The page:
“That’s it. Our inner ‘self’ doesn’t want to dump God entirely, just keep Him at a comfortable distance. Three dollars of Him is sufficient. A sack full, nothing more. Just enough to keep my guilt level below the threshold of pain, just enough to guarantee escape from eternal flames. But certainly not enough to make me nervous, to start pushing around my prejudices or nit-picking at my lifestyle. Enough is enough!”

Posted in * Christian Life / Church Life, * Culture-Watch, * Economics, Politics, Consumer/consumer spending, Economy, Parish Ministry, Religion & Culture

(NY Times) The Supreme Court Confronts the Religious Rights of Corporations

Hobby Lobby, a chain of crafts stores, closes on Sundays, costing its owners millions but honoring their Christian faith.

The stores play religious music. Employees get free spiritual counseling. But they do not get free insurance coverage for some contraceptives, even though President Obama’s health care law requires it.

Hobby Lobby, a corporation, says that forcing it to provide the coverage would violate its religious beliefs. A federal appeals court agreed, and the Supreme Court is set to decide on Tuesday whether it will hear the Obama administration’s appeal from that decision or appeals from one of several related cases.

Read it all.

Posted in * Culture-Watch, * Economics, Politics, Corporations/Corporate Life, Economy, Ethics / Moral Theology, Law & Legal Issues, Religion & Culture, Theology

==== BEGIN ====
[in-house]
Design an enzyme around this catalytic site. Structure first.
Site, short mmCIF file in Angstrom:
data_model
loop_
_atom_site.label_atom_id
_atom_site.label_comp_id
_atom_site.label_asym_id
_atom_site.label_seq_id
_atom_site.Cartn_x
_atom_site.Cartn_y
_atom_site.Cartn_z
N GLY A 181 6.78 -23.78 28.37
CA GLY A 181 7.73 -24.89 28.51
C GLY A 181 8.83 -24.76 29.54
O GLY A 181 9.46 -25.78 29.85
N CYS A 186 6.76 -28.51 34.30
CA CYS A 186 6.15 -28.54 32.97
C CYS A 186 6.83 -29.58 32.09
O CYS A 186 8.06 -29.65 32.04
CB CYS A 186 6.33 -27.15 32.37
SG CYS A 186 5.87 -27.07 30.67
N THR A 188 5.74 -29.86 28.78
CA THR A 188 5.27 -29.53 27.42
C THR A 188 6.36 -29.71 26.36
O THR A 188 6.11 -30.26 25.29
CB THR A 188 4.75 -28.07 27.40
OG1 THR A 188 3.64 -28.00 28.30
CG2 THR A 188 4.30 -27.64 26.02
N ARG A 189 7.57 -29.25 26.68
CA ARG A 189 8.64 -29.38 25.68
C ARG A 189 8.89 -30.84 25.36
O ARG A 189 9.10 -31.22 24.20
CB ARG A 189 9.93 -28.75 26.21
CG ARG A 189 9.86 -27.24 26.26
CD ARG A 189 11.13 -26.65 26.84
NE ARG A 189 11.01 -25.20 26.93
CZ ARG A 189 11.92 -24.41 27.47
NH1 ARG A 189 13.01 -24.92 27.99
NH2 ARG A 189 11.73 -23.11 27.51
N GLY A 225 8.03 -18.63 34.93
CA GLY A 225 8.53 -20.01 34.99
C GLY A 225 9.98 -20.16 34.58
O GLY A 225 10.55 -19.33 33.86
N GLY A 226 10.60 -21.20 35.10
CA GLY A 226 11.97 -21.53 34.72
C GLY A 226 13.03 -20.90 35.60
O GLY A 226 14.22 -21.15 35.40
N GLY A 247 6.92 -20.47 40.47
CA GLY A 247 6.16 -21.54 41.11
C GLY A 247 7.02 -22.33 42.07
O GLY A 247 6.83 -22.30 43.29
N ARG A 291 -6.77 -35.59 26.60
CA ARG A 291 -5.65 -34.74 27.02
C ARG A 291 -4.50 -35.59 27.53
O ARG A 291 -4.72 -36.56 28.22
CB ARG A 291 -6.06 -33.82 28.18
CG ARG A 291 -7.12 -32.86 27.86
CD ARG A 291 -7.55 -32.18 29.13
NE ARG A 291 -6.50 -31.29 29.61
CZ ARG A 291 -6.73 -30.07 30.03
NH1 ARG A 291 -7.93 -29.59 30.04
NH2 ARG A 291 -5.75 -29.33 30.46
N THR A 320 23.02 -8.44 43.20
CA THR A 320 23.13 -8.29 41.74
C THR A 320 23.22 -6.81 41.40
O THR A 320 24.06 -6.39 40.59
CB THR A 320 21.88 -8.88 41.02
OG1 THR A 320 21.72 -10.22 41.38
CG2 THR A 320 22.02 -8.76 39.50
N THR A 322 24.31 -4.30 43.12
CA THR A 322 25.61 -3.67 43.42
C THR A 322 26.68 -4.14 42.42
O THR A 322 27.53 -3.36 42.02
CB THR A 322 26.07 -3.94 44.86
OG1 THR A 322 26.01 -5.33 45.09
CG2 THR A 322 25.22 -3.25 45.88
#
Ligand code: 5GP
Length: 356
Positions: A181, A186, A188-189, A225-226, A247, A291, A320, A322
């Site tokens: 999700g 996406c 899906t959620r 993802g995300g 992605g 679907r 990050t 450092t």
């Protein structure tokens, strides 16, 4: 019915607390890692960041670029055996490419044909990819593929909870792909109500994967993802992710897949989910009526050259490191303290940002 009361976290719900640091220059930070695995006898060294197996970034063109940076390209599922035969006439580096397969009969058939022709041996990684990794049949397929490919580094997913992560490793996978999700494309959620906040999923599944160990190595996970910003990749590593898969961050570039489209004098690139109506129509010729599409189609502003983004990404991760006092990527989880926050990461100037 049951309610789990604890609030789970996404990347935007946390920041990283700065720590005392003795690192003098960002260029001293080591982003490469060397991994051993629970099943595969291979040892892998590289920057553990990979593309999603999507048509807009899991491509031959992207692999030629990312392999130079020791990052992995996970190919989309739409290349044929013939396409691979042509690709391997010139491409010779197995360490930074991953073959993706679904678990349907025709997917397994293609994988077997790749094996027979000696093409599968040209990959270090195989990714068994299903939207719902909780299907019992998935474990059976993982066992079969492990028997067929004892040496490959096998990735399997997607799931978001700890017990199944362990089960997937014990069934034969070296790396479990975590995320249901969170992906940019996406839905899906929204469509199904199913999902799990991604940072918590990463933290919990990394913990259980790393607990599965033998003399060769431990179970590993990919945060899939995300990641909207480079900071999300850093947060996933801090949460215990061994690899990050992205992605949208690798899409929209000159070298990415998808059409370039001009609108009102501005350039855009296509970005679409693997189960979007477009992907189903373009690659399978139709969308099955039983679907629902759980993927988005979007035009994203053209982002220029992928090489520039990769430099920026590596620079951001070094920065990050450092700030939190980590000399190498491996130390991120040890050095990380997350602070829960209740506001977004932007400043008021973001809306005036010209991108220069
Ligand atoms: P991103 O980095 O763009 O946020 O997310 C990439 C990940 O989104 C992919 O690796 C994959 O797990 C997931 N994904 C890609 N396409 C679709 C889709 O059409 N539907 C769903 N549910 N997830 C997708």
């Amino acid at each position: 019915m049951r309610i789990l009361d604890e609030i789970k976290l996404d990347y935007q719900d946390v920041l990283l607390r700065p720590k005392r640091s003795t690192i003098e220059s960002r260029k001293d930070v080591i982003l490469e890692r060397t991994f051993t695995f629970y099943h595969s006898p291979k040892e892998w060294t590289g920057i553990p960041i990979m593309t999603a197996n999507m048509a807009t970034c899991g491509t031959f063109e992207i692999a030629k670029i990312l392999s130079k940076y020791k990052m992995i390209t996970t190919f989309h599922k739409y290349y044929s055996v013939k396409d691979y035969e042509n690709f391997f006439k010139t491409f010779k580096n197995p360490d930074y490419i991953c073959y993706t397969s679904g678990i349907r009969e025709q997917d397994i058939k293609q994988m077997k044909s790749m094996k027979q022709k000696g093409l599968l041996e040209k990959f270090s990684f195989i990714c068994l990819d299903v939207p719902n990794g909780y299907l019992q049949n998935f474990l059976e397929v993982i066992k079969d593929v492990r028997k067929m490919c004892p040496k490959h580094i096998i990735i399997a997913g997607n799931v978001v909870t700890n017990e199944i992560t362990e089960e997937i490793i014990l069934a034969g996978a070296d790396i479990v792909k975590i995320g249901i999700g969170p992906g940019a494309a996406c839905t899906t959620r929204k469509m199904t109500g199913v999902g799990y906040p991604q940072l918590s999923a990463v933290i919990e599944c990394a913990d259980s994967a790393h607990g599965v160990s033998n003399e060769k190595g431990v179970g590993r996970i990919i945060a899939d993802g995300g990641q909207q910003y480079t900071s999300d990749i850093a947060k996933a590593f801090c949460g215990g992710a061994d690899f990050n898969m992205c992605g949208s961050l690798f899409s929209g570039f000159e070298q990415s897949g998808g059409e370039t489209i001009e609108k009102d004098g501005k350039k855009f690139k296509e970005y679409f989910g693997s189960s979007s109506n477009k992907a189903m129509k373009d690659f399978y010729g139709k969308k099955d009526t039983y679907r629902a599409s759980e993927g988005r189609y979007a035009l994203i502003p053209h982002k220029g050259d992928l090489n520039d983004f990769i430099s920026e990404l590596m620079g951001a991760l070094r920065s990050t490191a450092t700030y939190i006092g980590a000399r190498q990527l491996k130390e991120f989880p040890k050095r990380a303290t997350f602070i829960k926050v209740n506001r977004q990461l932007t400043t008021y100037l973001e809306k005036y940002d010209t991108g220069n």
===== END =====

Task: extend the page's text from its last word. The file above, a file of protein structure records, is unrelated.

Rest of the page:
A Prayer for the Feast Day of James Otis Sargent Huntington

O loving God, by whose grace thy servant James Huntington gathered a community dedicated to love and discipline and devotion to the holy Cross of our Savior Jesus Christ: Send thy blessing upon all who proclaim Christ crucified, and move the hearts of many to look unto him and be saved; who with thee and the Holy Spirit liveth and reigneth, one God, for ever and ever.

Posted in * Christian Life / Church Life, Church History, Spirituality/Prayer

A Prayer to Begin the Day

O God, whose days are without end and whose mercies cannot be numbered: Make us, we pray thee, deeply sensible of the shortness and uncertainty of life; let thy Holy Spirit lead us in the paths of righteousness all our days; that when we shall have served thee in our generation, we may have an abundant entrance into thy everlasting kingdom; through thy mercy in Jesus Christ, our only Saviour and Mediator.

Posted in * Christian Life / Church Life, Spirituality/Prayer

From the Morning Scripture Readings

Praise the LORD! O give thanks to the LORD, for he is good; for his steadfast love endures for ever! Who can utter the mighty doings of the LORD, or show forth all his praise? Blessed are they who observe justice, who do righteousness at all times!

–Psalm 106:1-3